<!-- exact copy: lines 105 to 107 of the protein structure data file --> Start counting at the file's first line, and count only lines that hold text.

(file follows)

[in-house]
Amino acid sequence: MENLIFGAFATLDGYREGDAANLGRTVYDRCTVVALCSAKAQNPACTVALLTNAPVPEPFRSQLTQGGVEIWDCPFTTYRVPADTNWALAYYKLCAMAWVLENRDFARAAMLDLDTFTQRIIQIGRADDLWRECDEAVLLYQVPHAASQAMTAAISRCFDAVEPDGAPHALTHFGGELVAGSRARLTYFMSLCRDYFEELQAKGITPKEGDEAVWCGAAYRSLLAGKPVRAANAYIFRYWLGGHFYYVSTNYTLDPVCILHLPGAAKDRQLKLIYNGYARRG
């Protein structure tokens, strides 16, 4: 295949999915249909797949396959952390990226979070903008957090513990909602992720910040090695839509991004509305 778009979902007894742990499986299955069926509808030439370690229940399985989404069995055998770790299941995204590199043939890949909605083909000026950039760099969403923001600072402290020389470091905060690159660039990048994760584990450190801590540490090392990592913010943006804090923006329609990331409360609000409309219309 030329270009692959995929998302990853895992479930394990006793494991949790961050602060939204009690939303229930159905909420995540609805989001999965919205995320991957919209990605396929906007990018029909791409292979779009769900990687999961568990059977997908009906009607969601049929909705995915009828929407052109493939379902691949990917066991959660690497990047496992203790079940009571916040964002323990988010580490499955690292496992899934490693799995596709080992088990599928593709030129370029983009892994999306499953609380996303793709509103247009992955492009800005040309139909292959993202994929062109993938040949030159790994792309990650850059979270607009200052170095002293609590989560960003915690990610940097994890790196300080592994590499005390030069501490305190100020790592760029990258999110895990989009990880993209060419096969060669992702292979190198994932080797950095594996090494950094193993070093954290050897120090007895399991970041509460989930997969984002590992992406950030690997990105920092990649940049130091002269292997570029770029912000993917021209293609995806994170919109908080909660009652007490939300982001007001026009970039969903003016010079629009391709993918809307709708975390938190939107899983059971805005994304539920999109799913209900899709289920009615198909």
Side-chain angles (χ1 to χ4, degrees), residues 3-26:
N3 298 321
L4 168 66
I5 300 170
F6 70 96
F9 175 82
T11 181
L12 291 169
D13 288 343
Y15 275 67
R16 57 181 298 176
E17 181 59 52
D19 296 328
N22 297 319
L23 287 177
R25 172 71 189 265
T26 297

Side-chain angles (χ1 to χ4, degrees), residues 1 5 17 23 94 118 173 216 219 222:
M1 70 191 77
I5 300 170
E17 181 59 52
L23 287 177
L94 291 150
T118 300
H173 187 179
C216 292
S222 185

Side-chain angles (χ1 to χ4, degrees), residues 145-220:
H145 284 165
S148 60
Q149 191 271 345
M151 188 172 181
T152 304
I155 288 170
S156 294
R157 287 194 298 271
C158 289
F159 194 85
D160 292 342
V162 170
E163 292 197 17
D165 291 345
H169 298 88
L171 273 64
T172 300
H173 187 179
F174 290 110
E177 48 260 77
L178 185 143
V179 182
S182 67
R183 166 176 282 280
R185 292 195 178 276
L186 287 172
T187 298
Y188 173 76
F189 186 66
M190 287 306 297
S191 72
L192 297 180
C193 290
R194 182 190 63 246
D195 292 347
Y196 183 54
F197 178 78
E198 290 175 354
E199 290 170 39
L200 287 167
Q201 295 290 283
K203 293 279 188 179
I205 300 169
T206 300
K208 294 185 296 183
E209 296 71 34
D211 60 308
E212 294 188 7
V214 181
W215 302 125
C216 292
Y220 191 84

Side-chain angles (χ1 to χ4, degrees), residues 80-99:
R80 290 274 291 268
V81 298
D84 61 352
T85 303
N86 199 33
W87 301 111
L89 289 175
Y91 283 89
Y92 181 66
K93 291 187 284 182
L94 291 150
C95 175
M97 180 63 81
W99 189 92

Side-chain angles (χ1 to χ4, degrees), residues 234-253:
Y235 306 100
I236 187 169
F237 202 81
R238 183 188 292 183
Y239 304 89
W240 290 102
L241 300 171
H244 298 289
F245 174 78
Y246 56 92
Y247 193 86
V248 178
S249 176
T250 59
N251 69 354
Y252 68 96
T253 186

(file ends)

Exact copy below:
W240 290 102
L241 300 171
H244 298 289